Ok, This is pretty straightforward. You will want to create 3 separate View Controller classes. One for each table view. You can either use a TableViewController class , or make a view Controller class and add a table view like shown in this tutorial. Either way, you will want to set the delegate and datasource in each class. I would also recommend embedding the first view controller in a navigation controller. And I’m assuming clicking a cell in one table view will lead to the next and so on. Embedding in a navigation controller will give you the automatic back functionality. Then you can just segue from one cell to the next. THere’s not enough info on your error to know what exactly went wrong, but usually what happens is A. You forgot to setup Delegate and Datasources, or you accidentally tied them to the view instead of the view controller. B. The numberOfRows doesn’t match the amount of objects you try to make in the cellForRowAtIndexPath method. C. sometime you create an outlet and then delete it from your class but there is still a connection, check the connections inspector.

  15. Hey Joe,

    Great tutorial once again! 🙂

    Say I wanted to get my data that would fill the tableview from another source like a JSON instead of having it directly in the viewDidLoad method like how you have implemented it:
    self.bugs = @[@”Spider”,@”Ladybug”,@”Firefly”];
    self.animals = @[@”Cat”,@”Dog”,@”Bigfoot”];

    How would I go about doing this?
    I’ve already gone through iOS Programming Recipe 16: Populating A UITableView With Data From The Web and am basically adding on to that.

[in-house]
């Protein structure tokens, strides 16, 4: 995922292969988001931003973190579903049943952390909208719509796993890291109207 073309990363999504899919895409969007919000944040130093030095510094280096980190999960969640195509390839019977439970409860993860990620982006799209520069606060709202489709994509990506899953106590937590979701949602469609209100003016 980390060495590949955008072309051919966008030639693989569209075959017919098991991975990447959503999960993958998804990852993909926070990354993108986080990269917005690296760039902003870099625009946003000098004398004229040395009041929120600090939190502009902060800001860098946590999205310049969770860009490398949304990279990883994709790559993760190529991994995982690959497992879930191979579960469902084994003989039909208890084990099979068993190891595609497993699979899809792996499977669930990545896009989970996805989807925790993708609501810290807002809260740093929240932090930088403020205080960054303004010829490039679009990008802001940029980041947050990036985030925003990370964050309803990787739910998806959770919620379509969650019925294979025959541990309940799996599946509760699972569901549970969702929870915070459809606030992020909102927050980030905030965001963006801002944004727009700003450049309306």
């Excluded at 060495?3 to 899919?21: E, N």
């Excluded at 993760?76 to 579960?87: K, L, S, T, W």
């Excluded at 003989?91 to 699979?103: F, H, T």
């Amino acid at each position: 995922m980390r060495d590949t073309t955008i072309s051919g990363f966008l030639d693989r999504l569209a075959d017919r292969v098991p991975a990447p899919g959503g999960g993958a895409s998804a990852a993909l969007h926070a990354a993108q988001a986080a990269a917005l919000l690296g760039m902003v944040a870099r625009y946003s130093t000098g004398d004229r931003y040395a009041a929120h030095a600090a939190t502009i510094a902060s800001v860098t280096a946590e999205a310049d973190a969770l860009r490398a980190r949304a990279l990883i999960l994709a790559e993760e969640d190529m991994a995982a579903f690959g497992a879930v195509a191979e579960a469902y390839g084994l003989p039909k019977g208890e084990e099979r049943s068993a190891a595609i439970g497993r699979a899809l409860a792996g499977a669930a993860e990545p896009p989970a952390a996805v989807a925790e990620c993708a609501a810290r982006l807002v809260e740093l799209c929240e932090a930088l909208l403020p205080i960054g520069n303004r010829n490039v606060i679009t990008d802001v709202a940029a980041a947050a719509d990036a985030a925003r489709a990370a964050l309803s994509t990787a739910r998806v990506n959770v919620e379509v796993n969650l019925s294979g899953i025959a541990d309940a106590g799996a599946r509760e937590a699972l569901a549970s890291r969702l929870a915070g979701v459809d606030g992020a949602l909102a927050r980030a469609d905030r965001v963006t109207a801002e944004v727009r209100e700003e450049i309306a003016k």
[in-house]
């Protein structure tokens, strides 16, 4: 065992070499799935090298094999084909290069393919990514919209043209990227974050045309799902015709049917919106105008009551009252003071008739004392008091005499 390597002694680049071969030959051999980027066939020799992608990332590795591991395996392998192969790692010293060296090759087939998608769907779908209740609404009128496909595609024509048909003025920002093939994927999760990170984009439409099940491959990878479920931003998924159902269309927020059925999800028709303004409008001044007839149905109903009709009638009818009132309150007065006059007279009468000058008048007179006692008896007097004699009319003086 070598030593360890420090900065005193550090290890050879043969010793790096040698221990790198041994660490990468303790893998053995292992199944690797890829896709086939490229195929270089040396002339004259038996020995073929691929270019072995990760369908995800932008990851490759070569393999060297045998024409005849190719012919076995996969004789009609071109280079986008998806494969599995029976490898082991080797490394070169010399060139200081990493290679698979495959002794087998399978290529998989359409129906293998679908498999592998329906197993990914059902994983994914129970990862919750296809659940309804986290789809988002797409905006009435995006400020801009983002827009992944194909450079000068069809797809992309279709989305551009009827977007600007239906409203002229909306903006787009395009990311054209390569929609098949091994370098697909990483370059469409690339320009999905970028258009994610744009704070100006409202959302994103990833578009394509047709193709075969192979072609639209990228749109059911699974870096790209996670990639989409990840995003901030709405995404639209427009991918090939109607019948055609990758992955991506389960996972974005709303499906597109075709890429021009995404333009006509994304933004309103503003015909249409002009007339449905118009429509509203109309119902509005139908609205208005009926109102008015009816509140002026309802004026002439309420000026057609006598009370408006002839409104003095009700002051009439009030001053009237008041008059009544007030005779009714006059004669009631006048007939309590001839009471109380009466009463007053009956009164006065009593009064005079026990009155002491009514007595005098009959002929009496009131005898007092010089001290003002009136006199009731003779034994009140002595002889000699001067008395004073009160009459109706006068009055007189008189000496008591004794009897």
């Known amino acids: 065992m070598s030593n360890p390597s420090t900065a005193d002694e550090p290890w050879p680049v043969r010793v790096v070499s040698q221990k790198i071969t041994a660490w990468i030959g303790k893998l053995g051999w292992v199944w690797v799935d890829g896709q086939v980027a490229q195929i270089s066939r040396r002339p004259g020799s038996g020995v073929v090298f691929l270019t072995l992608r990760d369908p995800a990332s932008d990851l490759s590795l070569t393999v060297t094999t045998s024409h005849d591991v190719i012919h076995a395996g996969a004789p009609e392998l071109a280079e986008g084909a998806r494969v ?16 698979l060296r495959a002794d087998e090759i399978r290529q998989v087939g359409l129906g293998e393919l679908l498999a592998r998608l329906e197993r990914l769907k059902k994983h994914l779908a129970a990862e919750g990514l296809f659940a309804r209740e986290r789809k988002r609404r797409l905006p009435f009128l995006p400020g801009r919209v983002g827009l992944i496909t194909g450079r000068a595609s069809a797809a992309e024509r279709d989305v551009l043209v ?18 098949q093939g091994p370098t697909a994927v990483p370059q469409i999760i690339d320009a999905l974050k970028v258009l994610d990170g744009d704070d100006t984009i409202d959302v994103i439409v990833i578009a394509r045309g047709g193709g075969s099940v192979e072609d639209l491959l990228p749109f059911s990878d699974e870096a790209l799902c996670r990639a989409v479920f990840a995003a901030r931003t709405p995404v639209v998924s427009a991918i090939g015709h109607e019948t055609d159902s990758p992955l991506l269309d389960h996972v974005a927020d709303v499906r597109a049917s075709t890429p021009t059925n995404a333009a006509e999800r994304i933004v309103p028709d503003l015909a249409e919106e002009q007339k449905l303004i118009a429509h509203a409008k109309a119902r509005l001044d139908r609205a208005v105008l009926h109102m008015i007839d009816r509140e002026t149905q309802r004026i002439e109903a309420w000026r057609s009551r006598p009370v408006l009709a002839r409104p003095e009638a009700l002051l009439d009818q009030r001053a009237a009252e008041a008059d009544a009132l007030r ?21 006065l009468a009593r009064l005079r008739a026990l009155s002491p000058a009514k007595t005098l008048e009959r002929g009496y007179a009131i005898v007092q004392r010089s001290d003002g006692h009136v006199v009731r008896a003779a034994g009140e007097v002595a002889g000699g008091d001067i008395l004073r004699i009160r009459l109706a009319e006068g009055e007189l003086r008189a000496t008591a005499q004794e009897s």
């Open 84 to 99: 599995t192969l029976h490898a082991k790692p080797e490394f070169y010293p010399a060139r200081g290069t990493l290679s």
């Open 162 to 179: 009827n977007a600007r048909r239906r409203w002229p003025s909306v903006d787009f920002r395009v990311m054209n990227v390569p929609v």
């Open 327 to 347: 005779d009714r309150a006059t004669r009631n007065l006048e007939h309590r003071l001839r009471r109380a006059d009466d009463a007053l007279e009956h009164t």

The JSON I’m using looks something like this:
    {
    storeName = Macy’s;
    storeType = CLOTHING;
    storeId = 19305;
    storeLocation = NY;
    },
    {
    storeName = Nordstrom;
    storeType = CLOTHING;
    storeId = 92817;
    storeLocation = SC;
    },
    {
    storeName = Marshall’s;
    storeType = CLOTHING;
    storeId = 17829;
    storeLocation = AZ;
    },
    {
    storeName = Ashley;
    storeType = FURNITURE;
    storeId = 38201;
    storeLocation = NJ;
    },
    {
    storeName = DSW;
    storeType = SHOES;
    storeId = 10385;
    storeLocation = AL;
    }

    I wanted to separate the table into 3 sections, having
    storeType=CLOTHING in the first section,
    storeType=FURNITURE in the second, and
    storeType=SHOES in the third

    I’m assuming there is a way to use this attribute to separate the data into the different sections but couldn’t figure out how. So far, I created section headers by:

    – (NSString *)tableView:(UITableView *)tableView titleForHeaderInSection:(NSInteger)section{
    if (section == 0) {
    return @“Clothing”;
    }
    else if (section == 1) {
    return @“Furniture”;
    }
    else {
    return @“Shoes”;
    }
    }
    and can display all 5 stores in each of the sections (so there’s 3 sections and 15 rows) instead of only Clothing stores in the clothing section, furniture stores in the furniture section, etc (i only want 5 rows— 3 rows in the first section, 1 in the second, and 1 in the third).

    This post got super lengthy, sorry! Any help would be appreciated! Thanks!

    Nikki